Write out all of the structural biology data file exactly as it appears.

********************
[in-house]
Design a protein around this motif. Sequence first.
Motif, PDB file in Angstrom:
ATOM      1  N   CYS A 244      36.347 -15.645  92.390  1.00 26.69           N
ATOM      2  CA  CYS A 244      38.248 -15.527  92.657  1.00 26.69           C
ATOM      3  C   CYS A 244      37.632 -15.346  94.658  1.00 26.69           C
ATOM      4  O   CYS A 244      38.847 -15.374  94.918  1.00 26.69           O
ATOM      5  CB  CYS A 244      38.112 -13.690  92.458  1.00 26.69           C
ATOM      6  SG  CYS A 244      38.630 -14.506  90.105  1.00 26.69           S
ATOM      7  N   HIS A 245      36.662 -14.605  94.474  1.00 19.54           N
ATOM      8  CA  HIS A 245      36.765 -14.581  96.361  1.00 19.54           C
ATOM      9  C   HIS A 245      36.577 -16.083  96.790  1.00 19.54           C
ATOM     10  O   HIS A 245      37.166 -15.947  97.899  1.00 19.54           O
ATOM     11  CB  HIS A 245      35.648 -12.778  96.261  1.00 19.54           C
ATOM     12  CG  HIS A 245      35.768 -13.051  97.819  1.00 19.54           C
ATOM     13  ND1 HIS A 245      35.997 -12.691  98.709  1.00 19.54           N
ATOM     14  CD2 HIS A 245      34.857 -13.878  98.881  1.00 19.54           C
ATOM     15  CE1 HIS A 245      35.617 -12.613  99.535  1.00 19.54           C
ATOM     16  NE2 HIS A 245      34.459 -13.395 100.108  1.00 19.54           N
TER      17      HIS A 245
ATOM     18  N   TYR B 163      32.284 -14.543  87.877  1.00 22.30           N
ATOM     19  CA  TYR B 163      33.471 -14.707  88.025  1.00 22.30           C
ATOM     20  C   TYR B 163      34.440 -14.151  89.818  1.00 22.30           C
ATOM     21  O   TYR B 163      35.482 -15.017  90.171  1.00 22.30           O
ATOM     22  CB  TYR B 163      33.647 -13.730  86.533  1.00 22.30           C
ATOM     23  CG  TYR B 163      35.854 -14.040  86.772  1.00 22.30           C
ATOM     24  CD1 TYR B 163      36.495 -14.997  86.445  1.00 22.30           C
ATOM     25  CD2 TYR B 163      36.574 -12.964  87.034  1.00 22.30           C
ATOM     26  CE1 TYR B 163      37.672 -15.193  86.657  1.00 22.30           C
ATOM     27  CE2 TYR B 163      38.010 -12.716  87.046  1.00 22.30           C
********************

[in-house]
Design a protein around this motif. Sequence first.
Motif, PDB file in Angstrom:
ATOM      1  N   CYS A 244      36.347 -15.645  92.390  1.00 26.69           N
ATOM      2  CA  CYS A 244      38.248 -15.527  92.657  1.00 26.69           C
ATOM      3  C   CYS A 244      37.632 -15.346  94.658  1.00 26.69           C
ATOM      4  O   CYS A 244      38.847 -15.374  94.918  1.00 26.69           O
ATOM      5  CB  CYS A 244      38.112 -13.690  92.458  1.00 26.69           C
ATOM      6  SG  CYS A 244      38.630 -14.506  90.105  1.00 26.69           S
ATOM      7  N   HIS A 245      36.662 -14.605  94.474  1.00 19.54           N
ATOM      8  CA  HIS A 245      36.765 -14.581  96.361  1.00 19.54           C
ATOM      9  C   HIS A 245      36.577 -16.083  96.790  1.00 19.54           C
ATOM     10  O   HIS A 245      37.166 -15.947  97.899  1.00 19.54           O
ATOM     11  CB  HIS A 245      35.648 -12.778  96.261  1.00 19.54           C
ATOM     12  CG  HIS A 245      35.768 -13.051  97.819  1.00 19.54           C
ATOM     13  ND1 HIS A 245      35.997 -12.691  98.709  1.00 19.54           N
ATOM     14  CD2 HIS A 245      34.857 -13.878  98.881  1.00 19.54           C
ATOM     15  CE1 HIS A 245      35.617 -12.613  99.535  1.00 19.54           C
ATOM     16  NE2 HIS A 245      34.459 -13.395 100.108  1.00 19.54           N
TER      17      HIS A 245
ATOM     18  N   TYR B 163      32.284 -14.543  87.877  1.00 22.30           N
ATOM     19  CA  TYR B 163      33.471 -14.707  88.025  1.00 22.30           C
ATOM     20  C   TYR B 163      34.440 -14.151  89.818  1.00 22.30           C
ATOM     21  O   TYR B 163      35.482 -15.017  90.171  1.00 22.30           O
ATOM     22  CB  TYR B 163      33.647 -13.730  86.533  1.00 22.30           C
ATOM     23  CG  TYR B 163      35.854 -14.040  86.772  1.00 22.30           C
ATOM     24  CD1 TYR B 163      36.495 -14.997  86.445  1.00 22.30           C
ATOM     25  CD2 TYR B 163      36.574 -12.964  87.034  1.00 22.30           C
ATOM     26  CE1 TYR B 163      37.672 -15.193  86.657  1.00 22.30           C
ATOM     27  CE2 TYR B 163      38.010 -12.716  87.046  1.00 22.30           C